These procedures describe how to set up Secure Sockets Layer (SSL) on a cluster of Sametime
® Gateway servers.
Before you begin
You must first install Sametime
Gateway on each node, including a Deployment Manager node, create the cluster, and create a SIP proxy server for the cluster.
About this task
To have a secure network connection, create a key for secure network communications and receive a certificate from a certificate authority (CA) that is designated as a trusted CA on your server.
® Application Server uses the certificates that reside in keystores to establish trust for a SSL connection. WebSphere
Application Server creates the key.p12 default keystore file and the trust.p12 default truststore file during profile creation. A default, self-signed certificate is also created in the key.p12 file at this time.
If you use a certificate other than the default self-signed certificate provided, ensure that the SSL certificate contains the Basic Constraints
extension. Do not use a non-SSLv3-compliant self-signed CA. WebSphere
Application Server 6.1 uses the IBM
® JDK 1.5.0 JSSE2 which checks for the presence of the Basic Constraints
extension. If the extension is not set, WebSphere
Application Server assumes that the CA is not a valid CA but a user certificate, which in returns doesn't allow to validate a server certificate as valid, because the issuing CA is not found.
Trial certificates are not publicly trusted and so cannot be used to test against public instant messaging providers such as AOL Instant Messenger.
The following procedure describes how to request a Certificate Authority-signed certificate, receive the request, then extract the certificate to the keystore.
For complete details for setting up SSL in WebSphere
Application Server, see the WebSphere
Application Server information center
Parent topic: Configuring TLS/SSL for Sametime Gateway
1. Purchasing a certificate from a Certificate Authority
Purchase a Certificate Authority-signed certificate for secure connections between Sametime
Gateway and other instant messaging providers.
2. Creating a new keystore
The keystore file is a key database file that contains both public keys and private keys. Public keys are stored as signer certificates while private keys are stored in the personal certificates. A Secure Sockets Layer (SSL) configuration references keystore configurations during WebSphere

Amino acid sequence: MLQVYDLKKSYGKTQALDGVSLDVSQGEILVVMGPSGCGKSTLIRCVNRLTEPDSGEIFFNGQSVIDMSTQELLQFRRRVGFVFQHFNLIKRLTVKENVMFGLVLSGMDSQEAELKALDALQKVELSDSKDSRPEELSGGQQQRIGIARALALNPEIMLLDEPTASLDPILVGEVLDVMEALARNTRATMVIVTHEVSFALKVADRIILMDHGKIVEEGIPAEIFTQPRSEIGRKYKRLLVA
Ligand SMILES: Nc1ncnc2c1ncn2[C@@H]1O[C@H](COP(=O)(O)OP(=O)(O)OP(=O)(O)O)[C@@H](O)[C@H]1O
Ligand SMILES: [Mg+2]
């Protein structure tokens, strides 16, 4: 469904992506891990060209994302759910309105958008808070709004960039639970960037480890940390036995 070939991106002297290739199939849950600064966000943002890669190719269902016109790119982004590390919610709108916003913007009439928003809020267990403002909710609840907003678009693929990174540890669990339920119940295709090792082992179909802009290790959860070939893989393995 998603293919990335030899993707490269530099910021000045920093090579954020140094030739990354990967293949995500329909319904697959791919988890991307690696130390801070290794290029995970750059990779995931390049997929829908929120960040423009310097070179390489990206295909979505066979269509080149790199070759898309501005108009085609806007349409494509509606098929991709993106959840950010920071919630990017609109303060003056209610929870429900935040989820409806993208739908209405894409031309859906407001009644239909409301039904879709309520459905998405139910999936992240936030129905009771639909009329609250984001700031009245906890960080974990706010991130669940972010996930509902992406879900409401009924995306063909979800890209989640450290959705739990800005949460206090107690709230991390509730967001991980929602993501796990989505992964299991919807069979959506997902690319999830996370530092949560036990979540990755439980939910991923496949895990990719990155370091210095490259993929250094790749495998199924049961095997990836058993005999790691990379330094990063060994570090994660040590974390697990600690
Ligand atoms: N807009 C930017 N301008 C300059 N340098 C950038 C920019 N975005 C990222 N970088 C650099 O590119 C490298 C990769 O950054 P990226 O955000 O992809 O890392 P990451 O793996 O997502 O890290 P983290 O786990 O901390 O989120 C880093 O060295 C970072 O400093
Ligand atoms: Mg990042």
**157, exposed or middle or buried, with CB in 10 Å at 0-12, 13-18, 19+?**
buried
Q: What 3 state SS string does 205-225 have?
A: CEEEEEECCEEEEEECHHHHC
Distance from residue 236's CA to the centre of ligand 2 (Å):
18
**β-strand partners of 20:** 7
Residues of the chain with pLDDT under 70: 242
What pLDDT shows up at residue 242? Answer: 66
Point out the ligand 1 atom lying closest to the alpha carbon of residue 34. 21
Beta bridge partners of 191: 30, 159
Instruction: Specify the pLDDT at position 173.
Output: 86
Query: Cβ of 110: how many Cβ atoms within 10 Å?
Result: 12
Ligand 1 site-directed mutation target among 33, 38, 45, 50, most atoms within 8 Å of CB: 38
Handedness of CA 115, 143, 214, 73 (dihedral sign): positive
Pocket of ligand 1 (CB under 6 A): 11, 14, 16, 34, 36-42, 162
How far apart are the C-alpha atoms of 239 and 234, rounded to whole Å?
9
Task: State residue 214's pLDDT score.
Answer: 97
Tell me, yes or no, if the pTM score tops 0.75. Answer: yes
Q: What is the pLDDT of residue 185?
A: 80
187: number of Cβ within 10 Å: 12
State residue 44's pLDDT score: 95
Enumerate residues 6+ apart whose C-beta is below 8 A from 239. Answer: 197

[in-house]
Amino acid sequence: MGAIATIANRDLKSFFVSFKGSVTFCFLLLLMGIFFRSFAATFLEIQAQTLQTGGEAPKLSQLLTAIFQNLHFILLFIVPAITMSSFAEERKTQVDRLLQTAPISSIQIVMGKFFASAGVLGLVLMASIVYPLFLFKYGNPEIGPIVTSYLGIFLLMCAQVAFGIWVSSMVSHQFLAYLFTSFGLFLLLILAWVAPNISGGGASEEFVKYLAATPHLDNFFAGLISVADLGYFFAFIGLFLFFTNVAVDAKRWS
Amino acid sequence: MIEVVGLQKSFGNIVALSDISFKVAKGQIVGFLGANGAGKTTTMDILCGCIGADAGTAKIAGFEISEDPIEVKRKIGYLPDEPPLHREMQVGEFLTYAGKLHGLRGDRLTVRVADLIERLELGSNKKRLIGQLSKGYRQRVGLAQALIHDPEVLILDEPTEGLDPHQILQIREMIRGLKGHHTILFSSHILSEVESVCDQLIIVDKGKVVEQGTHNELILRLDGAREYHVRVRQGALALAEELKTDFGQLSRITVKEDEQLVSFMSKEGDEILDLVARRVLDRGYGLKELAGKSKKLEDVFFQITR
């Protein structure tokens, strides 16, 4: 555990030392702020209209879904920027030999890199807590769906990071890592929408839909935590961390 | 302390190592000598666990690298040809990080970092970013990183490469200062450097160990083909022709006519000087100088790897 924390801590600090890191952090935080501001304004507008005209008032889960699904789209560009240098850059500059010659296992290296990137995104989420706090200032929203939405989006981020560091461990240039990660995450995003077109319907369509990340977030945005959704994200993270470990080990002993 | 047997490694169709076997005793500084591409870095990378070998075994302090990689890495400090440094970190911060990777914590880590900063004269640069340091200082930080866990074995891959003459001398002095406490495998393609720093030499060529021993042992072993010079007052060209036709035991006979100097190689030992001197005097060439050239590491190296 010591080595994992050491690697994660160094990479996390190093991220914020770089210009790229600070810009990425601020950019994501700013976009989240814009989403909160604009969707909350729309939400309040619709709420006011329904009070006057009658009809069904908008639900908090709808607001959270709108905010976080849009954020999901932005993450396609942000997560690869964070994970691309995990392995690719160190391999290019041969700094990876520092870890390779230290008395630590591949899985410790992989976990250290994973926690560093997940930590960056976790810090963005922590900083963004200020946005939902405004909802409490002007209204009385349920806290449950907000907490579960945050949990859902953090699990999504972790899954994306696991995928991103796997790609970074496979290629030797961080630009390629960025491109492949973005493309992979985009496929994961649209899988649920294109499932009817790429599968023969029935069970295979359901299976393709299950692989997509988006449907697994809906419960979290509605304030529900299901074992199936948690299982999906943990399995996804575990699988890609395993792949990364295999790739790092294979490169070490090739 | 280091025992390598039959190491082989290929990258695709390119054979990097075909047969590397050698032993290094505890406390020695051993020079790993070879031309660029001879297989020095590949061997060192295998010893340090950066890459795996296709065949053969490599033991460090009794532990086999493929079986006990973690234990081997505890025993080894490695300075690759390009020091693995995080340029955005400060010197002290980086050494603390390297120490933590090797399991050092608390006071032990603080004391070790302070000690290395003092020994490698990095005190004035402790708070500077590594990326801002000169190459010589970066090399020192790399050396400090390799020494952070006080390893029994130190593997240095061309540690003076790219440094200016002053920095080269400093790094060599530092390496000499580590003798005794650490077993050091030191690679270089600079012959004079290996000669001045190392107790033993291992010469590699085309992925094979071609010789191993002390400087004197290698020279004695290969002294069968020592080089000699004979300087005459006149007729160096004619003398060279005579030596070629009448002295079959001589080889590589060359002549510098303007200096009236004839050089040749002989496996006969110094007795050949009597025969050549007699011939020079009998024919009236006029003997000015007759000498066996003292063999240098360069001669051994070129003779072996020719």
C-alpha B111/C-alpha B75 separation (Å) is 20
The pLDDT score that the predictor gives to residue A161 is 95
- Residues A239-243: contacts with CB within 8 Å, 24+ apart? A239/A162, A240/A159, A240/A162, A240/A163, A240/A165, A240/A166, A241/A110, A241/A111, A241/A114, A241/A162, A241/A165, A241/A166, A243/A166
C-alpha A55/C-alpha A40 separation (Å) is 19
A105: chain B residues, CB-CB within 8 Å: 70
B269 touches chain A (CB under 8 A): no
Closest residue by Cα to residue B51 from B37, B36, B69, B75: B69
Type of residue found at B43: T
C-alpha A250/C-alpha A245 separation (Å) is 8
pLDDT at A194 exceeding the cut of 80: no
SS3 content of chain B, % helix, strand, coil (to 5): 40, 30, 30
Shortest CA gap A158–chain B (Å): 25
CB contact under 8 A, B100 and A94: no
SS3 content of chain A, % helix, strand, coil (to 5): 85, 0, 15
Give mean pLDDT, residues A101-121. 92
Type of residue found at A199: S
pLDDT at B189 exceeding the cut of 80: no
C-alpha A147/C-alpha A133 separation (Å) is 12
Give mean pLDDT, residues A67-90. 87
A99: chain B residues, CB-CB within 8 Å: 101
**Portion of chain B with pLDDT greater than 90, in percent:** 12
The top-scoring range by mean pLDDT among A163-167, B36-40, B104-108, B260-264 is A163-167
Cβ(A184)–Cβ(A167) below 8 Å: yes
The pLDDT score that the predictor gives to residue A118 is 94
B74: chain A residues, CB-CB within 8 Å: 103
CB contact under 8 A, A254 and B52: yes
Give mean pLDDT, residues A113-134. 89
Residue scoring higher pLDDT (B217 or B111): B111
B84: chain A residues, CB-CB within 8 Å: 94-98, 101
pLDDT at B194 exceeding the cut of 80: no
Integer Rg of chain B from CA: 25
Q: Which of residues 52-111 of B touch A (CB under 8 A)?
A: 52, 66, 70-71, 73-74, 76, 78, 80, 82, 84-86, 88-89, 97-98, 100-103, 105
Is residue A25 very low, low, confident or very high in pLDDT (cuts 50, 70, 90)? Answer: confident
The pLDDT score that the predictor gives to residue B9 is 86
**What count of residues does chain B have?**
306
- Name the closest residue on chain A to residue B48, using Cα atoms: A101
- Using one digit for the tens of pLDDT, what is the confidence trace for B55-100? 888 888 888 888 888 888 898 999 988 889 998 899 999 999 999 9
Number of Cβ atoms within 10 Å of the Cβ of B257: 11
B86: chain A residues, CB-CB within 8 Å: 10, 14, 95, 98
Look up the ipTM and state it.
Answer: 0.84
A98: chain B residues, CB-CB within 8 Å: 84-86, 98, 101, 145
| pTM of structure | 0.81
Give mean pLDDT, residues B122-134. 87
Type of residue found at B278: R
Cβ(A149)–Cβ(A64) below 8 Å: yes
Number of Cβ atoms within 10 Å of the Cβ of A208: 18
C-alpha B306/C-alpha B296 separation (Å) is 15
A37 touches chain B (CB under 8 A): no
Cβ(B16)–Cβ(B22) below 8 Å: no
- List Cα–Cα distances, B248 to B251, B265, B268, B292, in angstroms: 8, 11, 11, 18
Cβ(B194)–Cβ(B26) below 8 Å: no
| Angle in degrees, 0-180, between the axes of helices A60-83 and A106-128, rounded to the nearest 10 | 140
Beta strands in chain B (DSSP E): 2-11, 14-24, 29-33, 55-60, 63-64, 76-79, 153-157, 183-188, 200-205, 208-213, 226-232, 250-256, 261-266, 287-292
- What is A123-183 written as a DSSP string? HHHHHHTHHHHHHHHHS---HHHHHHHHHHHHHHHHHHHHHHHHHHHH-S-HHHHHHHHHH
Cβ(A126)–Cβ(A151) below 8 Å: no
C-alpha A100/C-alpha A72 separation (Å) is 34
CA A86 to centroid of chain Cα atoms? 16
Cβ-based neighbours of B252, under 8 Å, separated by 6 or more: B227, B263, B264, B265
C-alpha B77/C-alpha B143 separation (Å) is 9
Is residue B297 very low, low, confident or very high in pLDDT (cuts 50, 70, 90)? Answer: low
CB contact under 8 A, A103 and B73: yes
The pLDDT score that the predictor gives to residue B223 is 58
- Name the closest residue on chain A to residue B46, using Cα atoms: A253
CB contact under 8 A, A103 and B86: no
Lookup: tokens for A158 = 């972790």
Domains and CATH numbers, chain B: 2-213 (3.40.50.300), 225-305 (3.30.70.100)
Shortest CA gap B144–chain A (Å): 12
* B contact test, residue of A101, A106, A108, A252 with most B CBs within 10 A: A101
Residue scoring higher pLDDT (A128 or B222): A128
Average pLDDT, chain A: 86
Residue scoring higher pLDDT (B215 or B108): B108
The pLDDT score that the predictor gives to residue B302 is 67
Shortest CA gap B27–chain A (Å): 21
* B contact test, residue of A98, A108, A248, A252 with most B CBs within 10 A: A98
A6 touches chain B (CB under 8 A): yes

Application Server runtime. Whether a keystore file was created by another keystore tool or saved from a previous configuration, the file must be part of a keystore configuration object. You can create a keystore configuration for the existing keystore object.
3. Creating a certificate request
To ensure Secure Sockets Layer (SSL) communication, servers require a personal certificate that is signed by a certificate authority (CA). You must first create a personal certificate request to obtain a certificate that is signed by a CA.
4. Importing intermediate CA certificates into the keystore
Application Server creates a certificate chain when the signed certificate is received. The chain is constructed from the signer certificates that are in the keystore at the time the certificate is received. Therefore, it is important to import all intermediate certificates as signer certificates into the keystore before receiving the Certificate Authority-signed certificate. When you purchase a server certificate for Sametime
Gateway, the certificate is issued by a Certificate Authority (CA). The CA can either be a root CA or an intermediary CA.
5. Receiving a signed certificate
A Certificate Authority (CA) creates a certificate from a certificate request. WebSphere
Application Server keystore receives the certificate from the CA and generates a CA-signed personal certificate that your Sametime
Gateway cluster can use for Secure Sockets Layer (SSL) security.
6. Defining the SSL configuration for a cluster
Complete these steps to create a new SSL configuration for a cluster of Sametime
7. Obtaining the root certificate
Download a certificate authority's (CA) root certificate. After you download the certificate, you must add it to the WebSphere
Application Server truststore. For connections to AOL, download the Equifax Secure CA because this certificate is used by both communities. For connections to XMPP communities, you must determine what root certificate, if any, is being used, and then check to see if WebSphere
Application Server already recognizes the certificate, and, if necessary, download and add the certificate to your truststore.
8. Adding a trusted CA certificate to the keystore
Add your new Certificate Authority certificate to the keystore to establish the trust relationship in SSL communication.
9. Configuring the SIP proxy server to use SSL
Apply the new SSL definition to the SIP proxy server.
10. Configuring the XMPP proxy server to use SSL
Apply the new SSL definition to the XMPP proxy server.
11. Replacing and renewing a certificate in a Gateway cluster
Replacing or renewing a certificate for an IBM Sametime
Gateway cluster is similar to importing it for the first time, but you also replace the old certificate with the new one.